He made Sultan Murat inherit the throne again in anticipation of the possibility of crusaders occupying Ottoman territories by taking advantage of Mehmet. This engagement has a commercial side, which is currently measured in terms of ratings for TV and in terms of box office for film, but it also includes many other dynamics such as the watching and discussion of the texts that takes place among family, friends, and acquaintances; the study, popularization, and retelling of history linked to the texts; the use and formation of social groups to share information and commentary on the texts and the history they depict; and the interactions between creators, critics, and lay viewers of the texts. While Boym distinguishes idealized types of nostalgia, I aim to alter this formula somewhat, exploring, instead, different texts and the interactions that take place amongst their publics. Eldem 14A potentially more useful way of conceptualizing nostalgia is offered by Boym. In the discussion that follows, I will present brief commentary on the modes of presentation of the most significant of these followers, building a case that restorative nostalgia is a difficult mode to maintain over a long-term format such as a series.
Both rest on the reinvention of an imagined golden age—the former with a secularist emphasis, and the latter with a focus on Islamic identity. The trailer was viewed by over 1.
Sultan Muhammad al-Fatih was given the throne by his father Murad II when he was 12; he learns of his father's death while governing the Sanjak of Saruhan. And both look back fondly on authoritarian regimes, which makes them all the less credible as political models for a democratic present and future. Ironically, there is hardly any difference between the nostalgia for Ataturk-era secularism and the A.
Mehmet was suspended from the throne and sent to the Sanjak of Saruhan. The film presents a very black and white version of history, with the Byzantine rulers portrayed as entirely corrupt and the Ottomans as pure-hearted. Nevertheless, the pattern exemplified is striking, and appears all the more so when highlighted with critical reactions from cultural intermediaries and lay viewers alike. While the metaphor may well have worn thin, the narrative and the discourse of conquest are still alive and well both across Istanbul and throughout Turkey today, and nowhere is this represented more clearly than in the awkward synthesis of conquest and tolerance enacted in the final scenes of the film. We know our responsibilities. This speaks to the possibility of two rather different publics for the productions.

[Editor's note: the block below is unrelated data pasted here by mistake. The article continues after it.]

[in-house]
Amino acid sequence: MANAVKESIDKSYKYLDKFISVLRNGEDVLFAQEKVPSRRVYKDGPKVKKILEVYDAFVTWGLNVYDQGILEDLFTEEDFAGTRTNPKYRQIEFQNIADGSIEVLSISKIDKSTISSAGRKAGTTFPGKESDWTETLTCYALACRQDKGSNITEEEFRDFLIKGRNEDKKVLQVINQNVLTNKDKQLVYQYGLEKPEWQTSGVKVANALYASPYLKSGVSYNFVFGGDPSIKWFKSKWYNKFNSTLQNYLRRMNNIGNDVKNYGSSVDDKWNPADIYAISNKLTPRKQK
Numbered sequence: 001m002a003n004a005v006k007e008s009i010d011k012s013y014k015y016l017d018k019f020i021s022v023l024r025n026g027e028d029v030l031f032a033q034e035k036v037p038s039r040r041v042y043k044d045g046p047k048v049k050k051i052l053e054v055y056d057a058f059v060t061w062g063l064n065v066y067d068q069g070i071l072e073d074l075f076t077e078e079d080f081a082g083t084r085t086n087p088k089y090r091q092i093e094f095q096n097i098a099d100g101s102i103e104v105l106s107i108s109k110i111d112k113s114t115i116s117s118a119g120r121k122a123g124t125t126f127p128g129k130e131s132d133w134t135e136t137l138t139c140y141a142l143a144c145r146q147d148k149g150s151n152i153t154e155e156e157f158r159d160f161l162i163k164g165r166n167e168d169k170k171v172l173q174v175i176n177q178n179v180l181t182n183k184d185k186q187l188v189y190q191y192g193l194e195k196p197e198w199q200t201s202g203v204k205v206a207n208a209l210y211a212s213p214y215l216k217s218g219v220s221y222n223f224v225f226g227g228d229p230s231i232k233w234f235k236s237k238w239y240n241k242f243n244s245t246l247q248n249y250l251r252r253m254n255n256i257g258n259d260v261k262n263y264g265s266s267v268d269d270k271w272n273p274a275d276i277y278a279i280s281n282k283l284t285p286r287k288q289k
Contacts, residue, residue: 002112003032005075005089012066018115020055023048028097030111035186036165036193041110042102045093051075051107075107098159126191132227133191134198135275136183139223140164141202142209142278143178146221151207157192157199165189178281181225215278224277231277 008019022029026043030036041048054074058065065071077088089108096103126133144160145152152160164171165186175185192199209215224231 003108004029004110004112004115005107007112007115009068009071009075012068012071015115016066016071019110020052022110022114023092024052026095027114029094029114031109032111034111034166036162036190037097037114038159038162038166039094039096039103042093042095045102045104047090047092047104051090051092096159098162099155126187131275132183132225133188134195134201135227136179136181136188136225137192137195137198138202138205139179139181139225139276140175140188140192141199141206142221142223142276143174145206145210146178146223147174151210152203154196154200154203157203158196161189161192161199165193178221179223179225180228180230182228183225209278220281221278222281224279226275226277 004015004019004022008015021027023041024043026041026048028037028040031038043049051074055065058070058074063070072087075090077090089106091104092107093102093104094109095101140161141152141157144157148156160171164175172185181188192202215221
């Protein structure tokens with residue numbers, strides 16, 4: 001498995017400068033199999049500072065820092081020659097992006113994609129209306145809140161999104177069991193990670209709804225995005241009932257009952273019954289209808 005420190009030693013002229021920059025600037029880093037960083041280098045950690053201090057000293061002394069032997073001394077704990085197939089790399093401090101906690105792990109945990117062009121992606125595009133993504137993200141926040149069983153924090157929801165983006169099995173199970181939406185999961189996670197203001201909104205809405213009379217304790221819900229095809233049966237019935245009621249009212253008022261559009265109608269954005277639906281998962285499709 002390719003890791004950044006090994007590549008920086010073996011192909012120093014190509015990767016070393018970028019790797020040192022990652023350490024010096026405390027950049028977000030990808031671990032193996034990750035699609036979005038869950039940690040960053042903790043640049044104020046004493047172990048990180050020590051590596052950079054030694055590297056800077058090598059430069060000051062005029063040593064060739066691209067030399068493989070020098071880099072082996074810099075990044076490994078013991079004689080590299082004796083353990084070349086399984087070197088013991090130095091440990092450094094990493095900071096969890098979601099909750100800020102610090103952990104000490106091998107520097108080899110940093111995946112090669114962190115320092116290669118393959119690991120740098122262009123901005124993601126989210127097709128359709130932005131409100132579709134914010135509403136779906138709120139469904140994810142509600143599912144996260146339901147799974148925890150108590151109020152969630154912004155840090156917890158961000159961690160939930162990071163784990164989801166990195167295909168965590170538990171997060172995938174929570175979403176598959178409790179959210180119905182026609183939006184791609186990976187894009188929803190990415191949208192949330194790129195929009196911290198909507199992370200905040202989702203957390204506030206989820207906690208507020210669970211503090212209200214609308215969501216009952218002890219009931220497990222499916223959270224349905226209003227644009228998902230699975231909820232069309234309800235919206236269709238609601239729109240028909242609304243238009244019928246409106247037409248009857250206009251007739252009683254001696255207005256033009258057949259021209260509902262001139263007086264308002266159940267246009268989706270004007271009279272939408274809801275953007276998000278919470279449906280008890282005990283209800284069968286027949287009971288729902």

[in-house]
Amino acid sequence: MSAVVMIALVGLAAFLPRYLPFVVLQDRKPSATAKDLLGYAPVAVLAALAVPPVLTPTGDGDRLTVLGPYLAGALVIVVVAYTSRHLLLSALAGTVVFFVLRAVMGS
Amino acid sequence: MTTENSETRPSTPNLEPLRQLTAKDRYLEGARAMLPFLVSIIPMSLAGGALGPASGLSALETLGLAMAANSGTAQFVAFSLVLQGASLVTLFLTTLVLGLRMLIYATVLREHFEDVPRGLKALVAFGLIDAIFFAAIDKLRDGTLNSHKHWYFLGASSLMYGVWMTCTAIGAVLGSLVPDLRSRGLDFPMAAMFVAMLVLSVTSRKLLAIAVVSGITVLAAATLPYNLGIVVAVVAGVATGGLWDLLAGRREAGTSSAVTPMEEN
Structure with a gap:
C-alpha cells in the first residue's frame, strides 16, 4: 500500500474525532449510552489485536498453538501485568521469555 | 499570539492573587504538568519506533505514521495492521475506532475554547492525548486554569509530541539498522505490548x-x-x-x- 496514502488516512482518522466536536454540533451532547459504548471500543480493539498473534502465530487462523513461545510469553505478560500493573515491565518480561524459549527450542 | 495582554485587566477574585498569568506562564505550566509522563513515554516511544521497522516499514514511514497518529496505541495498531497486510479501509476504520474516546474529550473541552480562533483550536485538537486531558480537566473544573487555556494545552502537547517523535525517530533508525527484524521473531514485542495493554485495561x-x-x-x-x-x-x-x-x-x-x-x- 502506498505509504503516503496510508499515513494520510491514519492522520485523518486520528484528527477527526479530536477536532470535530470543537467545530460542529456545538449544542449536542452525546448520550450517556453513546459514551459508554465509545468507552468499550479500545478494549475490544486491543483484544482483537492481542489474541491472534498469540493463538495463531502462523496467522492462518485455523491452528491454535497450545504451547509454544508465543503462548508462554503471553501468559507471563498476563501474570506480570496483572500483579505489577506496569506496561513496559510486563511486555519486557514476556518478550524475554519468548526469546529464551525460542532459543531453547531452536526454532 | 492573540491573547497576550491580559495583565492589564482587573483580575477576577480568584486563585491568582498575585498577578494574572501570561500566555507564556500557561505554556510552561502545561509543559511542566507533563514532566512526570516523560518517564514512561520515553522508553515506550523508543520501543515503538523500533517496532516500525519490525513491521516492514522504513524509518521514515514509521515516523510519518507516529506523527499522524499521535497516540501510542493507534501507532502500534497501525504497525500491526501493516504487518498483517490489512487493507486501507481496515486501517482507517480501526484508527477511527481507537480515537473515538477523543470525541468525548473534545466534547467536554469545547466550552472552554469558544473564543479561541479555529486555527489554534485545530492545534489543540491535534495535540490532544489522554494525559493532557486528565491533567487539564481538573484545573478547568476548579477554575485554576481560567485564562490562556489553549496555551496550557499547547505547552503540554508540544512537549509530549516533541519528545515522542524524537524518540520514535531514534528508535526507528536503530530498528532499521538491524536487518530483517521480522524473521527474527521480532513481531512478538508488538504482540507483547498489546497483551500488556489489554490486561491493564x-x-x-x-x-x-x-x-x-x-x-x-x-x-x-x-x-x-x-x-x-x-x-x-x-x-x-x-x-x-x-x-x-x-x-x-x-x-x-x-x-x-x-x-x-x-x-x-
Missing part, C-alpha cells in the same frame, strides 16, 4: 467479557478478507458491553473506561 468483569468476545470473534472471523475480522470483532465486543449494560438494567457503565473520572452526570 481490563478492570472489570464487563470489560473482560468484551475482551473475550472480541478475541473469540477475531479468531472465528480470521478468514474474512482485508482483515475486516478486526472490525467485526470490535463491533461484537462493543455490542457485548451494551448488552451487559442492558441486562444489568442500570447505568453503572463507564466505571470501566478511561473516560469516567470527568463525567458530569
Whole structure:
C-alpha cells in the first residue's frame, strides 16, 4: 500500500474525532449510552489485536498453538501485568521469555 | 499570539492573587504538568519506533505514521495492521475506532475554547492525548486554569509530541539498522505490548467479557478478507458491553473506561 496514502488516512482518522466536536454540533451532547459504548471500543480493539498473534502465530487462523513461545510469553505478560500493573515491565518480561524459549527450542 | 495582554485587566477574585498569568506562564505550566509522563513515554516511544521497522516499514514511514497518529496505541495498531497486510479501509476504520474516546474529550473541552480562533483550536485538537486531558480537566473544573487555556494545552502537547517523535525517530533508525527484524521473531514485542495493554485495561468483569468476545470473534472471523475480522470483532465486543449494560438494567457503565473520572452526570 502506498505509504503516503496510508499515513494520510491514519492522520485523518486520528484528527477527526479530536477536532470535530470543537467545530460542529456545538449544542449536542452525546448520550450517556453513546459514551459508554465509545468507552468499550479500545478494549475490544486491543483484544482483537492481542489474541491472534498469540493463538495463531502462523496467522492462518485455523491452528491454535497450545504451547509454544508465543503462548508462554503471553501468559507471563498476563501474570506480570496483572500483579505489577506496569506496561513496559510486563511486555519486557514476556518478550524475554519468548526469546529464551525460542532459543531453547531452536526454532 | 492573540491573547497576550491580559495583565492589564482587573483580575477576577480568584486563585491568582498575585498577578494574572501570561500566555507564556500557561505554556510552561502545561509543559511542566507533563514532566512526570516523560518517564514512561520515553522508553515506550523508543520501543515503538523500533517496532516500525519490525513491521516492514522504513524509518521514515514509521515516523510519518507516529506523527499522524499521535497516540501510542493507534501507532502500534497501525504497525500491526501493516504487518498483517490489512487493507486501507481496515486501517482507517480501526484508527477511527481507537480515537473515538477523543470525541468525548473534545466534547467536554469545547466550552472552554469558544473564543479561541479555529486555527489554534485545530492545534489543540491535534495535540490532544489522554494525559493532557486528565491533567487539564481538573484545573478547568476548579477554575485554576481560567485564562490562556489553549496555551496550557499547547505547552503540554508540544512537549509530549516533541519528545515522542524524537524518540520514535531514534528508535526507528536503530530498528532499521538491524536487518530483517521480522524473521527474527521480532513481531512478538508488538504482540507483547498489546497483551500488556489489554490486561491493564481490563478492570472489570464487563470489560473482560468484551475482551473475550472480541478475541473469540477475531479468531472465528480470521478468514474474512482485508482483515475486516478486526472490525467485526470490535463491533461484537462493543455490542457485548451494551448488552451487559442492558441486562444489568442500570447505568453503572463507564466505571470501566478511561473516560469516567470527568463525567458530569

The janissary was an ally of Grand Vizier Halil Pasha. Meral Okay emphasized this. His priority target is still the conquest of Constantinople. This speaks to the possibility of two rather different publics for the productions. This iteration, striking for its highly negative portrayal of non-Sunni Islamic communities Atay a , concluded in July of the same year.
Now, Mehmet succeeds to the throne again and is even more powerful.
The Islamic conquest-to-tolerance narrative, on the other hand, looks further to the past, revelling in the conquering of Istanbul and yet touting the tolerance for other religions displayed by the victorious Ottomans. At the outset, Mehmet decides that he should live in peace with contiguous countries until he makes the preparations for his campaign. The extent to which this is the case will become clearer as we proceed to other, very different, portrayals of the Ottoman past, examining what might have led to their success or failure to engage a public.